Perioperative concerns in patients with ‘white coat hypertension’

Renu Bala, Naveen Malhotra, Divyansh Singh, Kulsaurabh Kaushik,

Associate Professor; Professor; Post Graduate Trainee

Department of Anesthesiology & Critical Care, Pandit Bhagwat Dayal Sharma University of Health Sciences, UH2, PGIMS Road, Dariyao Nagar, Rohtak, Haryana 124001, (India)

Correspondence: Dr Divyansh Singh, SB-18, Shastri Nagar Ghaziabad 201002, Uttar Pradesh, (India); Phone: 9050477025; E-mail:

Key words: Hypertension; White coat hypertension; Perioperative risks; Anesthesia

Citation: Bala R, Malhotra N, Singh D, Kaushik K. Perioperative concerns in patients with ‘white coat hypertension’. Anaesth Pain & Intensive Care 2017;21(2):281-282

Received:  7 April 2017; Reviewed:  17 April 2017; Accepted: 25 My 2017

Hypertension is quite common nowadays. It affects more than 1 billion people worldwide. It is estimated that 60% of world adult population is hypertensive as defined by ‘The World Hypertension Society/International Society of Hypertension (WHO/ISH).1 Many patient may present for surgery with uncontrolled or inadequately treated hypertension. The perioperative risk of myocardial infarction, ischemia, stroke, arrhythmia, renal failure etc. are drastically increased in this category of the patients. ‘White coat hypertension (WCH) is an unique entity, in which there is rise of BP noted in patients who are normotensive in non-medical settings, but develop hypertension on entering in a medical facility.2 In such situations there is a dilemma whether to postpone the surgery or go ahead with it.

We came across two such patients scheduled for elective surger; both were non hypertensive but pre-operative BP recordings were very high. First patient was a 65 year old male, ASA grade 1, posted for TURP. Though he did not complain of any anxiety or apprehension, his vital signs showed wide fluctuations when recorded in operating room, compared to the readings taken in the ward.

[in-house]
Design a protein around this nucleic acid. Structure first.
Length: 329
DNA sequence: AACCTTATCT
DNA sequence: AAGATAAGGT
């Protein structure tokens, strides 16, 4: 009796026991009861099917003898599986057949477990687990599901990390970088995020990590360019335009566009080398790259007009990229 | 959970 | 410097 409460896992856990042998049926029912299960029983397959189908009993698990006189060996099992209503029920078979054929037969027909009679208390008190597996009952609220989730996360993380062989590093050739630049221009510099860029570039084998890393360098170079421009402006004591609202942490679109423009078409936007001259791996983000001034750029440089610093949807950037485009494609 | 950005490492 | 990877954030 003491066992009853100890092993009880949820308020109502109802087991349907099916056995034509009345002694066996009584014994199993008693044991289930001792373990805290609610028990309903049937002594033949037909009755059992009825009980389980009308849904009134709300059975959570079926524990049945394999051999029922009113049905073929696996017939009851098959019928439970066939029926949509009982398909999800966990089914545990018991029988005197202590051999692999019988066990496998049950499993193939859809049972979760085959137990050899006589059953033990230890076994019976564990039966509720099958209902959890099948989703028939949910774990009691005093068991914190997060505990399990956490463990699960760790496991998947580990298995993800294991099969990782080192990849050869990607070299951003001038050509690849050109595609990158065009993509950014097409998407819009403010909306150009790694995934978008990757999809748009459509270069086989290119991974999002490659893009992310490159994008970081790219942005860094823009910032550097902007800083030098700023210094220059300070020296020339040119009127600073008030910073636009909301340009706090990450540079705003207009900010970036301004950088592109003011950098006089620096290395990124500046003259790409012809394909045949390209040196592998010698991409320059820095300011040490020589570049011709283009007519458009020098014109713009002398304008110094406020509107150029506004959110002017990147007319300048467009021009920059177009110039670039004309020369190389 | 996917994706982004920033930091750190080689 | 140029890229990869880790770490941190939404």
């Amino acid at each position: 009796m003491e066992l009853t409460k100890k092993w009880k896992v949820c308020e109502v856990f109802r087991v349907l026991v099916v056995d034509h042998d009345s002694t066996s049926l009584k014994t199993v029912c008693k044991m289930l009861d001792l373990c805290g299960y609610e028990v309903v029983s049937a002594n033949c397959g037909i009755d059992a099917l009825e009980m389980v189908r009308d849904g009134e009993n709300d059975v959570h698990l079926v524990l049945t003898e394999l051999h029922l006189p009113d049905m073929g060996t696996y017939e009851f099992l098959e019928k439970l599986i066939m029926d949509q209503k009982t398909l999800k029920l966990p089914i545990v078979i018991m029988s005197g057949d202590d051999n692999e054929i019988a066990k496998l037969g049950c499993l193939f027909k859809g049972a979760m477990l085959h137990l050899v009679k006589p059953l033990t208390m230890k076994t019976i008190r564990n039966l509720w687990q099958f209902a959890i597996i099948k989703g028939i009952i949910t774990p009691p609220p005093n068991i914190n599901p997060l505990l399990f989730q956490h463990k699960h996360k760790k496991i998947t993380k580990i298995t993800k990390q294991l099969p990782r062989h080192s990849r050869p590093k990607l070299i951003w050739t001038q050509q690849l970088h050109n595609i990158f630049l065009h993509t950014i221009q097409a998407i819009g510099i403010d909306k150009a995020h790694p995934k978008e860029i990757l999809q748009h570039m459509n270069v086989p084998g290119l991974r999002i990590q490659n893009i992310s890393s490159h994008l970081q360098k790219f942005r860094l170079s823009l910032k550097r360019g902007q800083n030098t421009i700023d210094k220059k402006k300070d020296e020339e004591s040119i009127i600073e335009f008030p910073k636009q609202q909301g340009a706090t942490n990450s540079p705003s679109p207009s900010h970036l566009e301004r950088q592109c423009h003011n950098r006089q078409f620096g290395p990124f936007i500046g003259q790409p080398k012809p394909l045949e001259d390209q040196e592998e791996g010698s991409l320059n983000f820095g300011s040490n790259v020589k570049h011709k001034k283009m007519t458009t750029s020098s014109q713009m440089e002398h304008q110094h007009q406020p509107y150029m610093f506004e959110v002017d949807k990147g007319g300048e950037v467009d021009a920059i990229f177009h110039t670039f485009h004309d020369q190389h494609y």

The second patient was 25 year old young male, ASA grade 1, posted for surgery for pilonidal sinus. He complained of severe anxiety on seeing a doctor. He was scheduled to undergo excision and flap advancement. His preoperative evaluation and investigations (biochemical and hematological) were unremarkable. ECG showed heart rate of 70 bpm and normal rhythm. During preanesthetic checkup a day prior to surgery, the patient looked very anxious. His pulse was 140 bpm, regular and BP 150/100 mmHg. On asking about anxiety the patient responded in positive and stated that he is frightened of medical professionals especially when they are performing their acts like examining the patient. Psychological counseling was done and premedication was given in the form of tablet diazepam 5 mg at night and 2 h preoperatively. On the day of surgery there his vital signs recorded by nursing staff were pulse-80 bpm and BP-110/70 mmHg; in the operating room readings were pulse-120 bpm and BP-150/110 mmHg. Considering his apprehension and anxiety (VAS score for anxiety was 9) and fluctuating vitals, general anesthesia was planned. Standard anesthesia protocol comprising of midazolam, thiopentone, fentanyl, vecuronium and isoflurane in oxygen and nitrous oxide was followed. Rest of the perioperative period was uneventful. Postoperative psychiatric consultation was sought and he was prescribed anxiolytics for a fortnight.